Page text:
The impact and influence workshop helped us gain valuable insights as we move forward in defining our final major project. The disruptive approach to the workshop helped in defying pre conceived notions and alluded aspects of our project that we might have not given importance to before this workshop.
The ‘priority assessment chart’ helped in mapping my insight decisions in order to visually and cognitively register where I stand in terms of making these approaches/methodologies a reality. Two out of the three insights I gained were in the aspirational sector; this reiterated the face that I need to narrow down my topic which is primarily knowledge based to a more practice based outcome.
The exercise helped me question my assumptions and ensure that the terminologies and concepts that I might be using in my research question are not too subjective and biased. The particular exercise where we listed down all the things that go into making a single object that we need to complete our thesis project was eye opening as I realized the magnitude of the project I might be undertaking; and as a result occupying a certain stance as a designers and researcher. By the end of the day I had rephrased the word ‘technology’ in my research question to ‘digital applications.’ The step by step approach made the task of filtering easier as a constant external opinion allowed me to tackle bias in my approach to the project.
Initial project overview:
An empathy manual for technology driven products and applications dealing with human problems.
Overview after workshop:
An empathy manual for digital application companies that cater to social and psychological well being for millennials.
The practice of thinking, writing, exchanging and reviewing are all great exercises when done individually; and more so when done one after the other. The workshop fuelled my thought process by disrupting, dissecting and discarding broader themes around my final major project thesis.
This week we went on to examine in more detail about all the business models and tools we could use to initiate a new venture or keep up to date to make sure a company/business model does not become obsolete. In the last couple of years’ traditional design and advertising companies faced major competition from a flux of younger agencies and freelancers who produced work that corporations and organizations flocked to. The market was no longer restricted to a GREY, JWT or Pentagram; creative companies with less experience but a host of new ideas and cutting edge websites were suddenly making waves. In this kind of competitive atmosphere what strategies did the game players adopt to make sure they retained their places in the creative agencies landscape? Did they manage to do so or did they have to restrict themselves to a niche?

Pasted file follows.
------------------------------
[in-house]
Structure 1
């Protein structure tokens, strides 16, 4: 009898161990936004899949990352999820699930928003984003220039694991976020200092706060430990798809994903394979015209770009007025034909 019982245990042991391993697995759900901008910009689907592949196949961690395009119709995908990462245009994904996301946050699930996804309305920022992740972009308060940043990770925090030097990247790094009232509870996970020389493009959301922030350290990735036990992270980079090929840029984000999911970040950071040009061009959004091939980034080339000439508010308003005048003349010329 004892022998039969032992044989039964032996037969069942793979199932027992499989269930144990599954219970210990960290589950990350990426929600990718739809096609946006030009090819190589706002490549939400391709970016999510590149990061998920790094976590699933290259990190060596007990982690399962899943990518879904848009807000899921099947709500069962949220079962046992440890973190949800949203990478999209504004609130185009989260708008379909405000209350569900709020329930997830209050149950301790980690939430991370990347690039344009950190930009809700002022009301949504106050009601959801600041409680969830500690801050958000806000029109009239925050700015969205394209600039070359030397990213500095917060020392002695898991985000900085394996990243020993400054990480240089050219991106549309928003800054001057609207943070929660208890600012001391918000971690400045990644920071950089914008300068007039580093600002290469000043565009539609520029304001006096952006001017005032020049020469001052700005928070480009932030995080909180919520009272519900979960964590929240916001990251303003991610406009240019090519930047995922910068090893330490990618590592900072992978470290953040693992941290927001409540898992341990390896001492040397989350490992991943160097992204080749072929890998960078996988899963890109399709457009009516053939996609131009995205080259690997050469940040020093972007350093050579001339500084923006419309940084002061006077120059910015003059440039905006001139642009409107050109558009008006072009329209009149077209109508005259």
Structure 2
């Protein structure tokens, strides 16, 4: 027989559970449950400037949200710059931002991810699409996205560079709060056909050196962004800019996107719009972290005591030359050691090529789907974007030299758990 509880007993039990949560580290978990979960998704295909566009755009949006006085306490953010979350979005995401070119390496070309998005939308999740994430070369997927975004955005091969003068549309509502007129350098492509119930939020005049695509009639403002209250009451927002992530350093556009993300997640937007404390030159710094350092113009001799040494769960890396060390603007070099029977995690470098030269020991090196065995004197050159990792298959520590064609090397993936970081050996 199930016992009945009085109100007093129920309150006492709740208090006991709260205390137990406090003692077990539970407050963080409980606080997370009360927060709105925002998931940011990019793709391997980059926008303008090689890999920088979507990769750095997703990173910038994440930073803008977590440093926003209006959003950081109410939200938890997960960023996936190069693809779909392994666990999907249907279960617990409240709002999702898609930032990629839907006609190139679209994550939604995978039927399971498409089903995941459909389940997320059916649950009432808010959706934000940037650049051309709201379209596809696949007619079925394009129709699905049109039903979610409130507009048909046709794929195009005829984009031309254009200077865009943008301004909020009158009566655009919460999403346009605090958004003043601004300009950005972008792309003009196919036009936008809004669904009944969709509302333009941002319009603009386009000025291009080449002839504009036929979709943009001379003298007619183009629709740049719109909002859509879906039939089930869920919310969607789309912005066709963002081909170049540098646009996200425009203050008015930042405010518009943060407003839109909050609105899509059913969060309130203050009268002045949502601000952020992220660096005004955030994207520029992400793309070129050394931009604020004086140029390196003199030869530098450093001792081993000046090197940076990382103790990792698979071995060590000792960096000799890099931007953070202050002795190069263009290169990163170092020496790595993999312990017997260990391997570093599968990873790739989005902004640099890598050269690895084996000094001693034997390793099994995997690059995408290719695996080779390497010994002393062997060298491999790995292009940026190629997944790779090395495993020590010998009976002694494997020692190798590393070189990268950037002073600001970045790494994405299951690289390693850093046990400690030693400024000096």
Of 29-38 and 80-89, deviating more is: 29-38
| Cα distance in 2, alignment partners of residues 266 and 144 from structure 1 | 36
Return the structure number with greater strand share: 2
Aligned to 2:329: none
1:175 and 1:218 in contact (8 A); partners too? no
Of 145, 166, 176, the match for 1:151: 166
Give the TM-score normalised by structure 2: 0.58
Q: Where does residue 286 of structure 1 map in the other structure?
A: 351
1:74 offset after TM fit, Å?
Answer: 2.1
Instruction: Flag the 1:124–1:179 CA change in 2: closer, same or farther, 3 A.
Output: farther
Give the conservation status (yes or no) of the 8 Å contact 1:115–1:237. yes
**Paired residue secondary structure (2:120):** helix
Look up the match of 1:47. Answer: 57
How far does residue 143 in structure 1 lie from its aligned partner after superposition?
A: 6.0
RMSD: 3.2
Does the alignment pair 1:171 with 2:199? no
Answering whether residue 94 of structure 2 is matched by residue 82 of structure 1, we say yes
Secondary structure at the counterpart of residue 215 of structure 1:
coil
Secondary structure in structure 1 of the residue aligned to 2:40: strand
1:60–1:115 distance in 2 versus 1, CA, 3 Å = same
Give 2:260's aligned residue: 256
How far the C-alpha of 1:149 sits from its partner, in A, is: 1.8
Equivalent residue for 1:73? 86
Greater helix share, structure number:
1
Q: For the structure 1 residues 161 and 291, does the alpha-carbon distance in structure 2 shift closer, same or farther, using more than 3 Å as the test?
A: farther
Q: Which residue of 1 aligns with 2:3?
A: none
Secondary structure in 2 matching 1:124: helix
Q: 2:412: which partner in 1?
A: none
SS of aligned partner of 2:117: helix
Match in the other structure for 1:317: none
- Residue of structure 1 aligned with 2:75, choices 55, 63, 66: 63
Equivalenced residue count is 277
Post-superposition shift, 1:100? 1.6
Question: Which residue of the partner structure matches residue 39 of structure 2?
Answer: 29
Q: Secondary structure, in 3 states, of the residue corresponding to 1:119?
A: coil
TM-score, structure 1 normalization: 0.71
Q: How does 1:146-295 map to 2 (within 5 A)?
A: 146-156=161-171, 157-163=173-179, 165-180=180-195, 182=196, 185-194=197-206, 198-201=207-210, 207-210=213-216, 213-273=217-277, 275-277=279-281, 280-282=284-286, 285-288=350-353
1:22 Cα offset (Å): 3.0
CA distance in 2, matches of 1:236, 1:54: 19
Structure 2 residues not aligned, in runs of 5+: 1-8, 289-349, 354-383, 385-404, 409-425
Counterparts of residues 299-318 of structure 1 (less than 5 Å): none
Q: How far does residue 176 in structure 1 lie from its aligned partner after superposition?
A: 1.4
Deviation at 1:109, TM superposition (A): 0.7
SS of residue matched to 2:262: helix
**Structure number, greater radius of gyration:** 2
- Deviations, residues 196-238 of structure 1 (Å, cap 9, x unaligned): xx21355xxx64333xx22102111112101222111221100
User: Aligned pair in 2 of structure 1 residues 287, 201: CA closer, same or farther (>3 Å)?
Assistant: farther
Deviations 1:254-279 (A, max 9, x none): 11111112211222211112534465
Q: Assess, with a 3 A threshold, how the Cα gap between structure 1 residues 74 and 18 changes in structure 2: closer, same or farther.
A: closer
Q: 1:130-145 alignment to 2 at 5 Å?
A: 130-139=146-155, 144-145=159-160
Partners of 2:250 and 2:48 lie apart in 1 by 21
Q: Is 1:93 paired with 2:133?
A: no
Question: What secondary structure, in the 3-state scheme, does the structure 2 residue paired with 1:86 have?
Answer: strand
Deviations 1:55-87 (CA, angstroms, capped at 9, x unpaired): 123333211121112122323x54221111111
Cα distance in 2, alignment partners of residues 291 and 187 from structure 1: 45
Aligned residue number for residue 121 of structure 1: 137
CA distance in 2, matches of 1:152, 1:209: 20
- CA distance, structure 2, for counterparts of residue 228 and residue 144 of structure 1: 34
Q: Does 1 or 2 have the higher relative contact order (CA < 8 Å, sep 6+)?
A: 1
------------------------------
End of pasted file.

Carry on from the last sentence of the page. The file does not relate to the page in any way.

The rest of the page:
They possibly looked at change management i.e. the implementation of certain policies that would ensure a turn around in terms of company goals in terms of costs, work culture or even level of skill. The John Hayes book, ’The Theory and Practice of Change Management’ goes into great detail about this particular topic and gives examples in recent history that illustrates even something like the lack of foresight might result in market leaders losing their position as frontrunners. (Nokia failed to surpass Apple in the market because the latter went ahead and created their own smartphone ecosystem). Thus, as designers and designer managers in today’s day and age we can not stick to a single formula/plan. We must keep reinventing our own ideas in context to technology and trends in order to really be successful in attaining the vision that we set forth to achieve.
Change management could involve very simple methods ( source: google images, Street Credit Business Consultancy) _________________________________________________________
This week was also a starting point of sorts for our final thesis project- the mind mapping and six hats exercise gave us a possible direction for our research journey.
Mind map done in Louise’s class, around the possible research topic.
The Theory and Practice of Change Management by John Hayes